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the Papifts, or by any other Set of Chriftans, or even Hereticks together, ."
· Indeed it is an Opinion so ridiculous and abfurd, as not to deserve a serious Confutation ; and the only proper Way of arguing, with any one who Thould maintain it, would be to have recourse to the Mechod used by the witty Duke of Buckingham, with Father Fitzgerald, an Irish Priest, who was sene by King James to make a Convert of his Grace to Popery; of which, as may not be known to, and may entertain, many of our Readers, we will bere give a short Abftract; hoping that such as are acquainted therewith, will pardon so little a Digression. The Story is as follows : ,
The Duke being somewhat out of Order, and the · King hearing of it, thought that a proper Season
to work upon his Credulity į and accordingly senc the above mentioned Father to use his utmost En. deavours to that End. His G:ace, who had been some Way apprized of the intended Visit, as also of the Motive thereto, and consequently was prepared for the Priest's Recepcion, no tooner was informed of his Arrival,'than he gave Orders for his Intro. duction, with great Ceremony, which the Father thoug ít a happy Omen'; and the usual Compliments being passed, he desired him to sit down. An Enqui. ry into the Duke's Health followed then of course, as a proper Introduction to what was to ensue; and his Grace having owned himlelf pretty much indisposed, the Father, after expressing himself greatly concerned about his future Welfare, declared the Motive of his coming, and by whose Order, with all which his Grace was before pre-acquainted. ?.
However, not seeming at all displeased there. with, he pretended great Willingness to be better instructed, if he was in any Error, only desired they might drink a Glass of Wine together pre
vious to their entring into Conference, where with the Father agreeing, a Bottle was called for, and brought : But guess the poor Father's Surprize, when, after having drank a Glass or two, the Duke, ca Man of incomparable Sense, and a celebrated Wit, taking the Cork out of the Bottle, and stroking it several Times with great Gravity, asked him very seriously, how he liked that Horse ? .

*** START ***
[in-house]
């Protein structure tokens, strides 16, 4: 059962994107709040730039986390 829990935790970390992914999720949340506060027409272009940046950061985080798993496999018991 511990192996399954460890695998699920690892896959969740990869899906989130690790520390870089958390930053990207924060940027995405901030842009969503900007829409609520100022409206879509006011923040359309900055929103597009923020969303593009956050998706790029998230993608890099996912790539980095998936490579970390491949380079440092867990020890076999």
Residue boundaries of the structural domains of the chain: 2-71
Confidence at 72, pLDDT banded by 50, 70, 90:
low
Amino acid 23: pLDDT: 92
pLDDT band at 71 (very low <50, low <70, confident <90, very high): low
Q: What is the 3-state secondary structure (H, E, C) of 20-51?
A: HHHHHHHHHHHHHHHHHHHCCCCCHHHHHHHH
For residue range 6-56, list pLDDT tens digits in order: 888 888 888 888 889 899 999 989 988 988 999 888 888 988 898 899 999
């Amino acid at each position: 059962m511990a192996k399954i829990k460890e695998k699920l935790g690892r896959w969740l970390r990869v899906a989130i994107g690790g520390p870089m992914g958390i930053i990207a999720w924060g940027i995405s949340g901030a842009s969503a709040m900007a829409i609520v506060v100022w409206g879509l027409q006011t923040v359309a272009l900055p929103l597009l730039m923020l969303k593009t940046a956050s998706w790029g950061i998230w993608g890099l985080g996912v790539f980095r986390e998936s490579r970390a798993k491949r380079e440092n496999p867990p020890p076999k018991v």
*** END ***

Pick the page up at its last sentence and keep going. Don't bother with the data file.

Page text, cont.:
He was confounded to the last Degree at such a Question ; and yet more so, when his Grace, finding him continue filent, repeated it ugain, without changing his Countenance in the leaft, but perlifting on the contrary in stroaking the-Cork, in call. ing it a Horse, and launching into the most extravagant Encomiums on its Goodness and Beauty,
he at last however answered, he found his Grace had , a Mind to be merry, and that he had chosen an · unseasonable Time, and he would therefore come · again, when his Grace was better disposed to hear : what he had to offer.
Merry ! cries the Duke (in a seeming Surprize) I'll assure your Reverence, I am as serious as everI was in my Days. Why, is not your Reverence of the same Opinion? Do not you think it as fine. a Steed as ever you saw in your Lite? What Fault can you find with it? I beg your Grace would compose yourself a little, and consider, says the Fa. ther. Consider what, answers the Duke, what Objection have you against him? You certainly have nor sufficiently observed him. Ah! my Lord, re. plies the Father, do but recollect yourself, do not you see it is but a Cork? And do you not know you took it but a few Minutes ago out of that ". Bottle ?
A very pretty Story indeed, says the Duke, what, would you perswade me that this fine Courser, · whom I have been so long commending and stroak
ing, is but a meer Cork, and that I am only under *a Delusion ? Nothing more certain, my Lord,
answers the Father. I would not be too positive of any Thing, replies his Grace calmlys perhaps my IVness may have discomposed me more than I am aware of, but I wish you would convince me that I am mistaken. I fay this is a Horse, you affirm it is a Cork: How do you prove it to be fo? . Very eaGly, my Lord, if I look at it, I see it is a Cork; if í take it in my Hand, I feel it is a Gork; if I smell to it, I find it is but a Cork; and if I bite it with my Teeth, I am, assured it is the fame ; fo that I am every way convinced thereof by the Evidence of all my Senses. I believe your Reverence may be in the right, says the Duke, as just recovering from a Dream, but I am subject to Whims; let us there
fove talk no more of it, but proceed to the Business . that brought you hither. . . .